Through the work that our over 130 scientists continue to do focused on Nebraska water and agriculture challenges, coupled with the partnerships that DWFI has built over the past several years around the world including UNESCO-IHE, FAO, Indian Ag Research Institute, Jain Irrigation, USAID Middle East and North Africa Water Centers of Excellence, the Bill and Melinda Gates Foundation, the Global Water Initiative, Global Harvest Initiative, Harvard Kennedy School, and the Lower Mekong Public Policy Initiative, the China Institute for Water and Hydropower Research, China Ag University, to name only a few, DWFI is really changing the world in amazing and impactful ways. At the conference in Seattle this week, we added the International Water Management Institute (IWMI) to that list of partners through a formalized agreement that was signed on site. Welcome IWMI!

A special congratulations to Rachael Herpel and her team at DWFI and Underwood Events for such an impressively staged and organized event – it was hard work with tremendous planning and flawless execution capped with a wonderful dinner hosted at the Bill and Melinda Gates Foundation (BMGF) on the final evening where we had the opportunity to dialogue with Pamela Anderson, the head of global ag development for the BMGF. It was a wonderful evening and I had the opportunity to congratulate Pamela and the BMGF team for their efforts, including that their current plan includes 20% of their portfolio devoted to enhancement of animal agriculture in their target regions of sub-Saharan Africa and south Asia. As I pointed out every chance I had at the conference, animal agriculture needs to be added significantly to the discussion of Water for Food given the expected increase of 40-60% in meat, milk, and egg production needed by 2050!

Washington, DC and the Nation are Taking Notice . . .

I also had the pleasure of traveling from Seattle to Washington, DC, with Suat Irmak, Eberhard Professor of Biological Systems Engineering. While it was a late night for us getting from the west to the east coast, it is well worth it as this morning the USDA’s National Institute of Food and Agriculture recognized the Nebraska Agricultural Water Management Network (NAWMN) with its National Partnership Award. This award specifically recognizes effective partnership teams that integrate the Land-Grant mission of research, teaching, and extension. This is a HUGE and VERY WELL DESERVED honor that recognizes Dr. Irmak along with colleagues Gary Zoubek, Jenny Rees, and Brandy VandDeWalle from UNL Extension as well as Rod DeBuhr, Dan Leininger, and Daryl Anderson from the Nebraska NRDs for the phenomenal work they are doing with a network of over 1,100 farmers, the NRCS, and crop consultants across the state through the NAWMN. It was with great pride that I stood with NIFA Director Sonny Ramaswamy and REE Undersecretary Cathie Woteki as they honored the team in this way. Real impact on the ground from team effort benefitting all of Nebraska agriculture and natural resources – that is why they have been so appropriately singled out for this distinguished honor. All of Nebraska and certainly all of the University of Nebraska shares in both the benefit and the sense of pride in this team for their amazing work. A press release summarizing the award can be found here: http://www.csrees.usda.gov/newsroom/news/2014news/10232_nifa_awards.html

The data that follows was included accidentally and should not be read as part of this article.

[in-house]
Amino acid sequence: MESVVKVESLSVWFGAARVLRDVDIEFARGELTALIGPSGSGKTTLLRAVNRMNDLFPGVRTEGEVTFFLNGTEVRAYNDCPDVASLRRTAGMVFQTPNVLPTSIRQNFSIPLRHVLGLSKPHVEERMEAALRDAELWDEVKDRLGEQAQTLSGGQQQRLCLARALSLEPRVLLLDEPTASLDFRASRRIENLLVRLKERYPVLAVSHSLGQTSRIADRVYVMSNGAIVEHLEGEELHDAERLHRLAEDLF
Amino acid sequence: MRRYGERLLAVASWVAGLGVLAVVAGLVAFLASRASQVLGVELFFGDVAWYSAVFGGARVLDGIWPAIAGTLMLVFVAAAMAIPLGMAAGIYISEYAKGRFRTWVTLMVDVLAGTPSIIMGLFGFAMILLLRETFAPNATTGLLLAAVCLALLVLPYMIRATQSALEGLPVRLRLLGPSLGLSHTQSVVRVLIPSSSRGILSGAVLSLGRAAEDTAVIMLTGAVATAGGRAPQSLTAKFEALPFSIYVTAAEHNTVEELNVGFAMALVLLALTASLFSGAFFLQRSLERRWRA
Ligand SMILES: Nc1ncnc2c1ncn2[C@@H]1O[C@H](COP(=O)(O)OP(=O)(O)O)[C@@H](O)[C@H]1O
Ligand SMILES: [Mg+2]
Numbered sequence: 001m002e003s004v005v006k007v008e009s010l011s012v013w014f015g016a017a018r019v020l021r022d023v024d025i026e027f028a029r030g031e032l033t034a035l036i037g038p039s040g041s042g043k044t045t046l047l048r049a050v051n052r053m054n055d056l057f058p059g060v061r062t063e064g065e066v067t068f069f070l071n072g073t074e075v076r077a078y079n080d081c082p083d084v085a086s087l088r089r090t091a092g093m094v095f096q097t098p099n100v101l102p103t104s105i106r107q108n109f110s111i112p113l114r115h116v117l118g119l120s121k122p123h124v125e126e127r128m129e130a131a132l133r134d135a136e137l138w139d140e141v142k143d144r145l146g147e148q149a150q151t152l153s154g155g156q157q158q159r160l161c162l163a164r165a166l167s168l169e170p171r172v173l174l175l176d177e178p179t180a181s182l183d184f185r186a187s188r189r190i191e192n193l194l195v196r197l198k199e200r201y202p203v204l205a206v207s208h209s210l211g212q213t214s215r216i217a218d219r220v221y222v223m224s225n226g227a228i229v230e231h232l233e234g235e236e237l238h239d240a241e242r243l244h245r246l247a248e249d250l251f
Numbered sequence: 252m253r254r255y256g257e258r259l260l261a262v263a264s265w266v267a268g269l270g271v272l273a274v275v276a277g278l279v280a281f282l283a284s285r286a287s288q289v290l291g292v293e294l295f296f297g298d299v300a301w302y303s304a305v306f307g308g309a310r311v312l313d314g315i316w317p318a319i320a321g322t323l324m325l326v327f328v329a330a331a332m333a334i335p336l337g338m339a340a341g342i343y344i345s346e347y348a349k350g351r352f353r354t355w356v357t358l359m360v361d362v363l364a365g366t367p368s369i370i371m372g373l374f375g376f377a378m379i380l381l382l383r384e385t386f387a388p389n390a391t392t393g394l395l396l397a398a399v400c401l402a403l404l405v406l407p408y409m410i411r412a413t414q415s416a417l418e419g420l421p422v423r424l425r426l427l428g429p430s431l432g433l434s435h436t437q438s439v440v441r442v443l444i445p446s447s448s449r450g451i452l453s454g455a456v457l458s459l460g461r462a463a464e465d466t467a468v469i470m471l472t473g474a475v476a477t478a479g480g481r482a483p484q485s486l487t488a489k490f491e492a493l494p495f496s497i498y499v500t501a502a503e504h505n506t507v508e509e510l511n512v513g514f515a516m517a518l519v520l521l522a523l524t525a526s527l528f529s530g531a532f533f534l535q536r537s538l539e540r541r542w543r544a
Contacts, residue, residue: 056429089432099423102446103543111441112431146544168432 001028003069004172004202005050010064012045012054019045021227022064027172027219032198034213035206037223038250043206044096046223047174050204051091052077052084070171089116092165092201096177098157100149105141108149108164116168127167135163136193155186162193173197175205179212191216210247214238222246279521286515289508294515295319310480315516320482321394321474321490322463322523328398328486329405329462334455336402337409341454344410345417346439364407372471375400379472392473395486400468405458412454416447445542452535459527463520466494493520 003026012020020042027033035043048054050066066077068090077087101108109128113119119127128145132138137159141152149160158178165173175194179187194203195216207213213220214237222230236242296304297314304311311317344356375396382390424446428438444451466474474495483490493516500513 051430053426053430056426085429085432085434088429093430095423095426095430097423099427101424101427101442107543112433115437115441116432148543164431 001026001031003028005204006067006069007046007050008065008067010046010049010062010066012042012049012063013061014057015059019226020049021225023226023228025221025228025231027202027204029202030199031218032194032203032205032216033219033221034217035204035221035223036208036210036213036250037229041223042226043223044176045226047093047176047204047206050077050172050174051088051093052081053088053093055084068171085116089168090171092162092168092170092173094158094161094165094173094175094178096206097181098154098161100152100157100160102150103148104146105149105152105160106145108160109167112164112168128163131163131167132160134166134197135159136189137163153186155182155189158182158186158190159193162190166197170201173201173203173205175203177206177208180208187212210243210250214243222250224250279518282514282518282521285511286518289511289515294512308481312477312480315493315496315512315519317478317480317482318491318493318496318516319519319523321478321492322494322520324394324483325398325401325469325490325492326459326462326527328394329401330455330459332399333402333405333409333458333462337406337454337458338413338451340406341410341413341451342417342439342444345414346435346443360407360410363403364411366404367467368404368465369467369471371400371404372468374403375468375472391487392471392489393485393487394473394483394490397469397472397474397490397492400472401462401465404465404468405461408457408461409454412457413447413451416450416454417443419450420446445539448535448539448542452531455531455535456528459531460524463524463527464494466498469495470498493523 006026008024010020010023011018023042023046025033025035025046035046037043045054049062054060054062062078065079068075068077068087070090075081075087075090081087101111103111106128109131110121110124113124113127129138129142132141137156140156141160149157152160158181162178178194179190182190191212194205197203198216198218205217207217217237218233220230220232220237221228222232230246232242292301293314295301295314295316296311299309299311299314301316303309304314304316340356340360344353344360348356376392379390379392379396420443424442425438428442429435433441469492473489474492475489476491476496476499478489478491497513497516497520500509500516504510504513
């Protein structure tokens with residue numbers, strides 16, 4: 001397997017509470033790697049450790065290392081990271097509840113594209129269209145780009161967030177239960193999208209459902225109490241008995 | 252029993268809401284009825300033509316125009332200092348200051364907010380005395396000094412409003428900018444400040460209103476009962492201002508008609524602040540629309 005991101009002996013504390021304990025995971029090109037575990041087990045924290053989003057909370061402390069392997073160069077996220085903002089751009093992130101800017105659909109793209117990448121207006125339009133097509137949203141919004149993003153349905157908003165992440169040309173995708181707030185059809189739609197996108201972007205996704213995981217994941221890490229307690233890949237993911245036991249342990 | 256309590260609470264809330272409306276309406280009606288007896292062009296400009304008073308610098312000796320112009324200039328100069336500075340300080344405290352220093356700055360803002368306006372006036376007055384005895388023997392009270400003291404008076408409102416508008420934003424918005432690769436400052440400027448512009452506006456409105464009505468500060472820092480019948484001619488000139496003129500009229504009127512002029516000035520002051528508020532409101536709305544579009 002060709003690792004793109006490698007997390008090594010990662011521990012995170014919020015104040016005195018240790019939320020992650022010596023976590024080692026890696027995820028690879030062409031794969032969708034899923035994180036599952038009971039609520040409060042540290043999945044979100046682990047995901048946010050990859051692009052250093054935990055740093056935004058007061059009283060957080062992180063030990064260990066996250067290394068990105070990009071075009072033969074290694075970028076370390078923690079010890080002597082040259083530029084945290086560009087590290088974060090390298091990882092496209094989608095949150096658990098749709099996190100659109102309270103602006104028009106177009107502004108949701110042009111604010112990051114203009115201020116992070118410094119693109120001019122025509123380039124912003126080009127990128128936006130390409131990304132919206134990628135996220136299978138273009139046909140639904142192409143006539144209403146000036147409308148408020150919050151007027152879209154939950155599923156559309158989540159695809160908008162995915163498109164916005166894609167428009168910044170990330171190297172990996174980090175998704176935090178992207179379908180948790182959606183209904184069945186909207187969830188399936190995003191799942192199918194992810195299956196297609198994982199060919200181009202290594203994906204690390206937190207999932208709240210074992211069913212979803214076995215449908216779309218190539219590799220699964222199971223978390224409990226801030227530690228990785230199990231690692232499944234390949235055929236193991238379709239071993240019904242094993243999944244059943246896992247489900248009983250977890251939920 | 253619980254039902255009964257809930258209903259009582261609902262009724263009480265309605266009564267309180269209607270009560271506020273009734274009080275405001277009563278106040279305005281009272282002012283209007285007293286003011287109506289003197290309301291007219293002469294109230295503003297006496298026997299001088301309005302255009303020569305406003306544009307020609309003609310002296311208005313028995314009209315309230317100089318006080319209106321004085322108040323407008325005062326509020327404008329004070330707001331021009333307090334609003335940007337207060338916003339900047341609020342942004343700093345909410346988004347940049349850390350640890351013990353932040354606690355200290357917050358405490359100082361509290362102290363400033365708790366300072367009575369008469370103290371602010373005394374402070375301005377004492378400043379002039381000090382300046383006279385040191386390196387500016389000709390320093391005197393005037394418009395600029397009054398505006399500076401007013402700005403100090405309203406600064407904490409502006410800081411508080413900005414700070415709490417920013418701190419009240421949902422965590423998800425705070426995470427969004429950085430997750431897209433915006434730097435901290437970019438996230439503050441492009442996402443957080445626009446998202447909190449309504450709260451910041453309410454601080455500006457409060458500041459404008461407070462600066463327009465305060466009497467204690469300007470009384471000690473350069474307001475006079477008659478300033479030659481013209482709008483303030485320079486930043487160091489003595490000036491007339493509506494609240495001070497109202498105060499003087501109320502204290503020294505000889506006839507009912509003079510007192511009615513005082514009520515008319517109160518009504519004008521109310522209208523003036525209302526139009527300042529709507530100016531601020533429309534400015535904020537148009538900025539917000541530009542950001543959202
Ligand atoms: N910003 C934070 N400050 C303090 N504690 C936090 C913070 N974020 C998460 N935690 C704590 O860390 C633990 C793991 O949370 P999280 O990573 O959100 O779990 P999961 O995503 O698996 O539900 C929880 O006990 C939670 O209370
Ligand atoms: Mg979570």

Indeed, it appears the world is awakening to what we have long known in Nebraska – water for food is a fundamental gift and resource that deserves our utmost attention and passion in research, teaching, and translation extension. A big shout out to all our faculty, staff, and partners around the globe who are making a difference through DWFI. This is critically important, meaningful, and impactful work in which we are all engaged. Thanks for making a difference.

 
Disclaimer: The Daugherty Water for Food Institute welcomes blog articles from guest contributors. Please note the comments shared by guests represent their own views and not necessarily those of DWFI, the University of Nebraska or any institutions with which DWFI may be affiliated.